A report in The Indian Express citing a government official has said that as much as Rs 14 lakh crore worth of old Rs 500 and Rs 1,000 currency notes have returned into bank accounts, an indication that the notes that got extinguished was much lower than expected.
The government was expecting that about Rs 3 lakh crore will not return to the banking fold, thus resulting in reduction of RBI's liability to that extent.
If, as the government official has told the news paper, Rs 14 lakh crore has returned, that means only about Rs 75,000 crore would have been extinguished, says the report.
On 8 November, 2016, when Prime Minister Narendra Modi announced the demonetisation of Rs 500 and Rs 1,000 notes, the system had Rs 17.4 lakh crore worth currency in circulation. Of this, Rs 15.4 lakh crore was demonetised.
The new figure of Rs 14 lakh crore has come at a time when there have been reports that almost all of the demonetised currency or Rs 15 lakh crore may have already returned to the system. The RBI has not released data on demonetisation deposits yet. An RTI query filed by Firstpost has not yielded any results yet.
The central bank, which has come under criticism for keeping many data and other information related to demonetisation secret, has said that it is still reconciling the data and the information will be revealed at the earliest.
However, the IE report, citing another official, says that with just 60 machines to sort fake currency in its possession, the RBI might even take 600 days to complete the task. The government may even rope in other banks to do the sorting, the report says.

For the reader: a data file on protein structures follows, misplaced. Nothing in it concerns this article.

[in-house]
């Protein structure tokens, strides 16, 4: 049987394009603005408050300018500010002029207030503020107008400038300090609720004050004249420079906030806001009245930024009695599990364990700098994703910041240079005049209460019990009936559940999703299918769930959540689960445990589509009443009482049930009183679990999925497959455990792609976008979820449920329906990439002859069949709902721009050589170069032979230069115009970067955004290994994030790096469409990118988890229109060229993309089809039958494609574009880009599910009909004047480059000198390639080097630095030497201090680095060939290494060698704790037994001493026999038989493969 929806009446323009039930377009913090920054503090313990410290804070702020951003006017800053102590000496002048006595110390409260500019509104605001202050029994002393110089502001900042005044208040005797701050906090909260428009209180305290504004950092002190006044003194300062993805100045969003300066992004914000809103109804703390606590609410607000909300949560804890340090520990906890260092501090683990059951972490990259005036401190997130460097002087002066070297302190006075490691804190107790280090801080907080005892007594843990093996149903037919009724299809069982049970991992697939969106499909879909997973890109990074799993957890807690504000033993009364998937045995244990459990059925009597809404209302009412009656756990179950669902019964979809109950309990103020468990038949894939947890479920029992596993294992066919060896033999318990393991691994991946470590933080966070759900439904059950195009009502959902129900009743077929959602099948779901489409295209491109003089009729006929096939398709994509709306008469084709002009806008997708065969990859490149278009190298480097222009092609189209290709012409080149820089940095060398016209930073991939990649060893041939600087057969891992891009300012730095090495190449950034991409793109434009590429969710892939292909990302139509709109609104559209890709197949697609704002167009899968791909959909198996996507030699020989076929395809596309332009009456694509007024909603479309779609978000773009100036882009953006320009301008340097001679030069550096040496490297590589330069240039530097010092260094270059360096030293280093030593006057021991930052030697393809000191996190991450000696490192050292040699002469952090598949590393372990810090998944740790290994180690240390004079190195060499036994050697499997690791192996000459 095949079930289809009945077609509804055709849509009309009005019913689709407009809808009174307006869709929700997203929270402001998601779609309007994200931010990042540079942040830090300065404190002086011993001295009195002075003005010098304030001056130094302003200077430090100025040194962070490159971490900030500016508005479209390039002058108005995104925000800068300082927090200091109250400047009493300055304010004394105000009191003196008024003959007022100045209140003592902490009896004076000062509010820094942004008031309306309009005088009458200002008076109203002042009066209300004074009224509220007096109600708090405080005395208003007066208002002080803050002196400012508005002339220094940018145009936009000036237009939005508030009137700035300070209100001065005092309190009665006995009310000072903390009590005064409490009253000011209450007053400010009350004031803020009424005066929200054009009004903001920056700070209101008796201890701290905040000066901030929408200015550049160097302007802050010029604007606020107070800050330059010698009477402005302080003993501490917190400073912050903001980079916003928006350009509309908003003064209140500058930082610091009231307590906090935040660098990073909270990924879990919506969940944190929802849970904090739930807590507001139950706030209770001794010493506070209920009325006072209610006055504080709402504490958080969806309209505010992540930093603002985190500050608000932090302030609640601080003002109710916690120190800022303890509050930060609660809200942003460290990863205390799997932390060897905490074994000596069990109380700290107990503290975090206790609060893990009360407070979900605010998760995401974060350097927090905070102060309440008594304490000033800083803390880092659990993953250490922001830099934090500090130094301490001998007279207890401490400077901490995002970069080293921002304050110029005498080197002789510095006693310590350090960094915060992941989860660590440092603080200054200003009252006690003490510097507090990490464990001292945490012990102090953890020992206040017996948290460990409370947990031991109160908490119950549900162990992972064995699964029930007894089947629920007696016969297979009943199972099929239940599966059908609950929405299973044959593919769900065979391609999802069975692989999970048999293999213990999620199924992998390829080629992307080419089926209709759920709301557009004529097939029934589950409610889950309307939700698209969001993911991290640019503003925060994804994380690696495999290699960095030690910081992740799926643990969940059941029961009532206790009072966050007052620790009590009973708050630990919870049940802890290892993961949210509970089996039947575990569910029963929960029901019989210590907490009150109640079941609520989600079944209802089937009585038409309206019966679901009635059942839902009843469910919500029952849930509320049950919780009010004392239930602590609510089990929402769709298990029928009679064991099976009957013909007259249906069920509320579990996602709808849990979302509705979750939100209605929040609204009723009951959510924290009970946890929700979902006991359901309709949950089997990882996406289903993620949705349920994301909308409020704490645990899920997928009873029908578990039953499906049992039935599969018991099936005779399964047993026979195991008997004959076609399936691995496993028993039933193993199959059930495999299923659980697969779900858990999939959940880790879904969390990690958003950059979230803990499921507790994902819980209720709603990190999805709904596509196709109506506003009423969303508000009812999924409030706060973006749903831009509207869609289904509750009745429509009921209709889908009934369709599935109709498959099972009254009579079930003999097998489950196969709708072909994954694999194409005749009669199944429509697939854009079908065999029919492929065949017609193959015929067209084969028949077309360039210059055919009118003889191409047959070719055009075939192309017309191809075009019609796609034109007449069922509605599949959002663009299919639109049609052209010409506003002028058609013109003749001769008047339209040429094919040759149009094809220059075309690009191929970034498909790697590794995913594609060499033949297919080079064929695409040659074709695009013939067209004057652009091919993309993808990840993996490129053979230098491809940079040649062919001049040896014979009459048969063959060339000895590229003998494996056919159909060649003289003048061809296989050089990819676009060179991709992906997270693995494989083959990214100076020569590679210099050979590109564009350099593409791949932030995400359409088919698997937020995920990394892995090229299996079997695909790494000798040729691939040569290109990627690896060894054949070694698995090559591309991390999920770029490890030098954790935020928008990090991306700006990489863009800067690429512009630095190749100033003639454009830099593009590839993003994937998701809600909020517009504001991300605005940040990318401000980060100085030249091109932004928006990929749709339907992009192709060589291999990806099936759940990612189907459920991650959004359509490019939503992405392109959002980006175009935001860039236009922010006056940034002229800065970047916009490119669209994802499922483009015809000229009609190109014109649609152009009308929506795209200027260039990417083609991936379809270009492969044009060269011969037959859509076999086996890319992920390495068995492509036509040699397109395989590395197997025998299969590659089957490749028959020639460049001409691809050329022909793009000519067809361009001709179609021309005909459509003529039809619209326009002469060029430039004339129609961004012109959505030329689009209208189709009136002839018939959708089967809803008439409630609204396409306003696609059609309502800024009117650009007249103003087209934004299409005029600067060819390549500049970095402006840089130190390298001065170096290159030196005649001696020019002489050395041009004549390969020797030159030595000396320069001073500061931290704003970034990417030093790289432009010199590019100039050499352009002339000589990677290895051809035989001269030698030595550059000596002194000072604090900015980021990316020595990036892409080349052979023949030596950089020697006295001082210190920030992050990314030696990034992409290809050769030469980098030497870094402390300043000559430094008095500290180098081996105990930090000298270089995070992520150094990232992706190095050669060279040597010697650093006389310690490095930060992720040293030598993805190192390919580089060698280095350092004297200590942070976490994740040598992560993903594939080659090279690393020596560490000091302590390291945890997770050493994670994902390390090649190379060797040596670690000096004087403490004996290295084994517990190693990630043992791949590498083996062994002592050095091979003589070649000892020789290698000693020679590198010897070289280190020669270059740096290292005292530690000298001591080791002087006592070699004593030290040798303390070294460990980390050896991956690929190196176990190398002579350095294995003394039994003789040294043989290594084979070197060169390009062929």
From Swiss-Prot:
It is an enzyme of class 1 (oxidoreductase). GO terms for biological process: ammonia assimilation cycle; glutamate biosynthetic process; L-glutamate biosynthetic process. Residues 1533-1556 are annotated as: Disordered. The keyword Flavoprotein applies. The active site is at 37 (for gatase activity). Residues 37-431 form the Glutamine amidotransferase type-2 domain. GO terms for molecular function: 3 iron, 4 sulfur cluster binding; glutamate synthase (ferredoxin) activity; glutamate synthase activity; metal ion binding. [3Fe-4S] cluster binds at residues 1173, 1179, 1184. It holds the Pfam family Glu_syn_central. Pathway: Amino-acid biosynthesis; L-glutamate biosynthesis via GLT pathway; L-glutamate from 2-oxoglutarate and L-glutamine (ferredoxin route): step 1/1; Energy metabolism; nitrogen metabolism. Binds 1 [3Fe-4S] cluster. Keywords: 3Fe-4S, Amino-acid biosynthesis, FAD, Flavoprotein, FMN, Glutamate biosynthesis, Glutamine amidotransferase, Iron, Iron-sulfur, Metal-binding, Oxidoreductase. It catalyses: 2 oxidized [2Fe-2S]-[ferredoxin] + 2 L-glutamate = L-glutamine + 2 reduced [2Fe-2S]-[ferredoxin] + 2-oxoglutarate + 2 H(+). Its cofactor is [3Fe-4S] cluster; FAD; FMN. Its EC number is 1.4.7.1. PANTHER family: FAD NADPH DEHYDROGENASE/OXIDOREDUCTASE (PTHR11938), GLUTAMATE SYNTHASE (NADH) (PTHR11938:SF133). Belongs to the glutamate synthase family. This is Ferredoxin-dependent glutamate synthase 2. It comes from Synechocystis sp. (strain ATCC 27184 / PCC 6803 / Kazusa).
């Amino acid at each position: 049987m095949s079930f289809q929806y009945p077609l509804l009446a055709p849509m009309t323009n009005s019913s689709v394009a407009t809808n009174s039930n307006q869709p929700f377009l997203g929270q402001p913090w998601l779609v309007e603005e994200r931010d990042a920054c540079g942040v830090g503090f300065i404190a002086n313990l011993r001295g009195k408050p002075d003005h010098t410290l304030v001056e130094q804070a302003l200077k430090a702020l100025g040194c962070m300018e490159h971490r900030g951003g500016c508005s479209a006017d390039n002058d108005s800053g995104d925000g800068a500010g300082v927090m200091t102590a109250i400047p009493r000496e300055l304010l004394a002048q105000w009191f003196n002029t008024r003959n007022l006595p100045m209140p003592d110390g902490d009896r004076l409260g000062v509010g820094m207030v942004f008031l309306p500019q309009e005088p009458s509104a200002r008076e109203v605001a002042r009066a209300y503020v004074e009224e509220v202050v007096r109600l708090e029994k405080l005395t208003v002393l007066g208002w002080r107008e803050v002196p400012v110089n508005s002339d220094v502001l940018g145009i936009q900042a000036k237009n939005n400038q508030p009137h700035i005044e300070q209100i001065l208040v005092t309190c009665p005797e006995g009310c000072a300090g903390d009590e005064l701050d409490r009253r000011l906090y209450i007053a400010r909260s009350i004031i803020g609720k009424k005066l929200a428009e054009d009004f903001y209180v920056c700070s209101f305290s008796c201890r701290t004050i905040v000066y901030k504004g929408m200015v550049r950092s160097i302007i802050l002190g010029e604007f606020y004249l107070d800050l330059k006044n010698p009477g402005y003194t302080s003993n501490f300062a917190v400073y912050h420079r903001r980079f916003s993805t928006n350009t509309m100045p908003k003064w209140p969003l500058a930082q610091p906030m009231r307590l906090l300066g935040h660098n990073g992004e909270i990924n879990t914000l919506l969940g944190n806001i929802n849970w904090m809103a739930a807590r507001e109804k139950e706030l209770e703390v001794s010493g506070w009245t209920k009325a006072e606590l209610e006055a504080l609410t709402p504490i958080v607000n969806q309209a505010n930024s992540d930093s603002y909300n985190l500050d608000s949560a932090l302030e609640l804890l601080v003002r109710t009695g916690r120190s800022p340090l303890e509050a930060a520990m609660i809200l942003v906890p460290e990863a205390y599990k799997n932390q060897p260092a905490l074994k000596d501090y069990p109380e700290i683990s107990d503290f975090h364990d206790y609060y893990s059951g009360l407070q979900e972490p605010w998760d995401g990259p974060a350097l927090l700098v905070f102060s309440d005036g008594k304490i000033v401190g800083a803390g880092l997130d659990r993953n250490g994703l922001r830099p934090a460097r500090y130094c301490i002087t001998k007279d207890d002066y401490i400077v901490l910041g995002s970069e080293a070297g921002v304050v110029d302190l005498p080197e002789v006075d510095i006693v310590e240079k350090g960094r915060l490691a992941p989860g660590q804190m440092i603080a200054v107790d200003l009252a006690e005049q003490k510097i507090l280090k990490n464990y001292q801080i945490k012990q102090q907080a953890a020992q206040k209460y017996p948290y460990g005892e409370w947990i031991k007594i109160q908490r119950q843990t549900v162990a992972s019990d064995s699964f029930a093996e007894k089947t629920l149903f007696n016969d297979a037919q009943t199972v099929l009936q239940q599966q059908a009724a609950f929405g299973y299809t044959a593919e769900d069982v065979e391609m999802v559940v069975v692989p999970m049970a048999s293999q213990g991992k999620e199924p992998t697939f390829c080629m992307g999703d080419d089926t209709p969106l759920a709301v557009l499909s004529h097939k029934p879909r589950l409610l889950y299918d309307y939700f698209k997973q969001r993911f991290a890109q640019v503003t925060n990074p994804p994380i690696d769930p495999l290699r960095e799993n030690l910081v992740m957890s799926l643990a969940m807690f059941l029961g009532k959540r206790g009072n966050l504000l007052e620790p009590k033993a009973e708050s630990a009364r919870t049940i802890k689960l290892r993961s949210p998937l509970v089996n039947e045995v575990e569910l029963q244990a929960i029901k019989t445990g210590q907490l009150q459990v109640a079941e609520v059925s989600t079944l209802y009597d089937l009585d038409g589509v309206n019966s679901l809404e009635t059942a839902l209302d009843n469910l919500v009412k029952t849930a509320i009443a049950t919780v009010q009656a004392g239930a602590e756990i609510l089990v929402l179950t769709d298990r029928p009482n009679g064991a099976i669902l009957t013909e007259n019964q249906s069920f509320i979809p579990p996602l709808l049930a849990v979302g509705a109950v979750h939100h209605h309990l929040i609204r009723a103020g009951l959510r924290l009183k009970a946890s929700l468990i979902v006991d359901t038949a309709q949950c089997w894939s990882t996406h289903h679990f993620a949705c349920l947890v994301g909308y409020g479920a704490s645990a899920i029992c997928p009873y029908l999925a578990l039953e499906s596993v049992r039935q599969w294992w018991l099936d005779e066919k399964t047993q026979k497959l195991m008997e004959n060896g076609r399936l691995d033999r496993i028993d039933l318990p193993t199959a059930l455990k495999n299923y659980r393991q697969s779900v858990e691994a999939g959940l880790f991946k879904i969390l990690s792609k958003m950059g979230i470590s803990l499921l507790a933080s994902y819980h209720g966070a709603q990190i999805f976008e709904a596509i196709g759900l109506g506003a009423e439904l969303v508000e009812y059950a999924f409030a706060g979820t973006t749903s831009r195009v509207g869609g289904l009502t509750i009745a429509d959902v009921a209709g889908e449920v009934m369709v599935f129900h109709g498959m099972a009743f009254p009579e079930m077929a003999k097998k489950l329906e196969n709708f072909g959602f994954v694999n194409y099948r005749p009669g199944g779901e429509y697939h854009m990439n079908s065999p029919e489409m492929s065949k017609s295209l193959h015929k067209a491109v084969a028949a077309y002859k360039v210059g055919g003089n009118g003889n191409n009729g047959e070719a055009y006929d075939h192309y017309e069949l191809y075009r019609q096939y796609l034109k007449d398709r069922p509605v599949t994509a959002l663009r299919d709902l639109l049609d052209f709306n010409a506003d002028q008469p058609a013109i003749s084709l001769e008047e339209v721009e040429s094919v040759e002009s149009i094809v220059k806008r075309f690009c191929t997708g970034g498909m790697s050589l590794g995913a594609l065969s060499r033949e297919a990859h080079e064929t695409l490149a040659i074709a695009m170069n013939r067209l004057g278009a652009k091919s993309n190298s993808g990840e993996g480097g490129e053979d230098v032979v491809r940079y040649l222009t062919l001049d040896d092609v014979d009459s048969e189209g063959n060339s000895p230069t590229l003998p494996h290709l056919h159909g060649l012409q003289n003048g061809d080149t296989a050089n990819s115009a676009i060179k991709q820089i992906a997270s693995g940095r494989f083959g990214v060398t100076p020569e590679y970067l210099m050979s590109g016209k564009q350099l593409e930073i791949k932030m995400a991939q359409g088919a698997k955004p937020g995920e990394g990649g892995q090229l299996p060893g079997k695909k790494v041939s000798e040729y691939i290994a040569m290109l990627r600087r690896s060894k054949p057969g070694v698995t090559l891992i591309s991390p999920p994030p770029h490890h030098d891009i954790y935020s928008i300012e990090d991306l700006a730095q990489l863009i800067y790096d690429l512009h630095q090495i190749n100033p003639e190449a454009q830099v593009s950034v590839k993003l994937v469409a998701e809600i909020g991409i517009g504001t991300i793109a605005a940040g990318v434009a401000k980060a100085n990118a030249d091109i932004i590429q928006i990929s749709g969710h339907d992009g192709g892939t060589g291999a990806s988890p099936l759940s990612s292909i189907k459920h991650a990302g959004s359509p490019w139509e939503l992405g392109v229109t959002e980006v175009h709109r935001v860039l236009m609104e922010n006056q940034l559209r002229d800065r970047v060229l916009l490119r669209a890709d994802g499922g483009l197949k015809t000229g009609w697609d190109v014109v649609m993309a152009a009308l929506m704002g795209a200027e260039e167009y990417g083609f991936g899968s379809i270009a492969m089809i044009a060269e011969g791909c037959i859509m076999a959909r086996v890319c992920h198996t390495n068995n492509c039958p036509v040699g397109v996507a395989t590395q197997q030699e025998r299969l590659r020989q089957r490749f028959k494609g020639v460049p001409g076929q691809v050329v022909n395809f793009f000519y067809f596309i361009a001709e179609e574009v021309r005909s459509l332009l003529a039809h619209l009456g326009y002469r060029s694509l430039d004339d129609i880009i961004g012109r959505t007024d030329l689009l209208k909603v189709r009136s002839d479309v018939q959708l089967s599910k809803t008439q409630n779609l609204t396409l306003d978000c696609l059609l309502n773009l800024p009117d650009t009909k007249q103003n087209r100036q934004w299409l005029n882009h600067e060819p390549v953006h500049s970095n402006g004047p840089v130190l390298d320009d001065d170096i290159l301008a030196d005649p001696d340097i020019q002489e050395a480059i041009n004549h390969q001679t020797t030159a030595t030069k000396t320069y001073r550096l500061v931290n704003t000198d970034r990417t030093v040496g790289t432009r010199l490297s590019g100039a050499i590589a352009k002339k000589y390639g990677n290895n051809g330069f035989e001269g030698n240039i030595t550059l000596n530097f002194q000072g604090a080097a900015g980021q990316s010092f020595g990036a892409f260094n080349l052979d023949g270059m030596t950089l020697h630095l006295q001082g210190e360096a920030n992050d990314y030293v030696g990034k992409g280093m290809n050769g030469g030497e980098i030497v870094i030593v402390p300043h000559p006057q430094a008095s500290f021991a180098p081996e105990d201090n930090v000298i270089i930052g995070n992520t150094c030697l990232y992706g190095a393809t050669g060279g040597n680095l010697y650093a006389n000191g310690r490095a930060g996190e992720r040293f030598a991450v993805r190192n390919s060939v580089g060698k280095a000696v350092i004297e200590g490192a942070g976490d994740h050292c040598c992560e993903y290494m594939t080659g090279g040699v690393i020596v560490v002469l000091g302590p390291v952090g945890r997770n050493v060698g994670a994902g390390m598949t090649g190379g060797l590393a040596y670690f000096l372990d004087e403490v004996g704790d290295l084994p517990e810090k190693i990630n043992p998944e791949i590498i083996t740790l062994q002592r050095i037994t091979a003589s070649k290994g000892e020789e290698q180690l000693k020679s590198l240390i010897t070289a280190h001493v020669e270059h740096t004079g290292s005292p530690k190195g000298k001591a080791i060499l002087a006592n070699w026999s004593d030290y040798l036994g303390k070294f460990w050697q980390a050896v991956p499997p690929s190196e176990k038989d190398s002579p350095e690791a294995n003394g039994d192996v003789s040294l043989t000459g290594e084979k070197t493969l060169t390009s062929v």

Meanwhile, a report in The Economic Times says that in 40 days of demonetisation, as many as 2.10 crore new accounts have been opened and Rs 3 lakh crore worth currency deposited.
The data was sourced from the Financial Intelligence Unit and studied by the government, say the officials cited in the report.
They also claimed that the fact that much of the demonetised currency has returned to the system means the whole exercise was a success and not a failure.
“The amount of money that has come back wouldn't have come back even in the next five years," an official has been quoted as saying in the ET report.
The comment has to be read in the context of criticism that the return of more than 90 percent currency is a proof that the demonetisation was a failure as this means black money holders have managed to launder their ill-gotten wealth.
The government has denied all such theories saying the exercise created a new normal where black money holding has become risky due to the strict surveillance by the state.
However, the question remains if this was the aim of the whole exercise, why it could not have been done through an amnesty which would have spared the innocent common man.
Published Date: Jan 09, 2017 10:21 AM | Updated Date: Jan 09, 2017 10:58 AM